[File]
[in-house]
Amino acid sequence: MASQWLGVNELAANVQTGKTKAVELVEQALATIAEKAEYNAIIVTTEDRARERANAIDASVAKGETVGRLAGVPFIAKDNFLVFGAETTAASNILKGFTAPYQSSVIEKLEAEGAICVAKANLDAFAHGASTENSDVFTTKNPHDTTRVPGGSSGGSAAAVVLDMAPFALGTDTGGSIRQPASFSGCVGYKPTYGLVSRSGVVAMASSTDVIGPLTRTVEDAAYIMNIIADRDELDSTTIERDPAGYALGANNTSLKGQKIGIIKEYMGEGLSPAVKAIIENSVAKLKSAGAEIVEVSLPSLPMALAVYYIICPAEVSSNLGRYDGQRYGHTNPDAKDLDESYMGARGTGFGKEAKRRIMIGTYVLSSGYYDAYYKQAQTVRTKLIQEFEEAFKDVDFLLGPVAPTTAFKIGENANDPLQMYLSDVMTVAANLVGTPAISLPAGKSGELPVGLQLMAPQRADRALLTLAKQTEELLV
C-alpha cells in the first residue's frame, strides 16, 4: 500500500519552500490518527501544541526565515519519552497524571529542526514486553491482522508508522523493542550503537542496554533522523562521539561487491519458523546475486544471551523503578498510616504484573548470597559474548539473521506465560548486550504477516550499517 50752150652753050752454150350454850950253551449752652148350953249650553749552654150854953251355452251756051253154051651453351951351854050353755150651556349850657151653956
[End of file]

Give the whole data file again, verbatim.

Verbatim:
[in-house]
Amino acid sequence: MASQWLGVNELAANVQTGKTKAVELVEQALATIAEKAEYNAIIVTTEDRARERANAIDASVAKGETVGRLAGVPFIAKDNFLVFGAETTAASNILKGFTAPYQSSVIEKLEAEGAICVAKANLDAFAHGASTENSDVFTTKNPHDTTRVPGGSSGGSAAAVVLDMAPFALGTDTGGSIRQPASFSGCVGYKPTYGLVSRSGVVAMASSTDVIGPLTRTVEDAAYIMNIIADRDELDSTTIERDPAGYALGANNTSLKGQKIGIIKEYMGEGLSPAVKAIIENSVAKLKSAGAEIVEVSLPSLPMALAVYYIICPAEVSSNLGRYDGQRYGHTNPDAKDLDESYMGARGTGFGKEAKRRIMIGTYVLSSGYYDAYYKQAQTVRTKLIQEFEEAFKDVDFLLGPVAPTTAFKIGENANDPLQMYLSDVMTVAANLVGTPAISLPAGKSGELPVGLQLMAPQRADRALLTLAKQTEELLV
C-alpha cells in the first residue's frame, strides 16, 4: 500500500519552500490518527501544541526565515519519552497524571529542526514486553491482522508508522523493542550503537542496554533522523562521539561487491519458523546475486544471551523503578498510616504484573548470597559474548539473521506465560548486550504477516550499517 50752150652753050752454150350454850950253551449752652148350953249650553749552654150854953251355452251756051253154051651453351951351854050353755150651556349850657151653956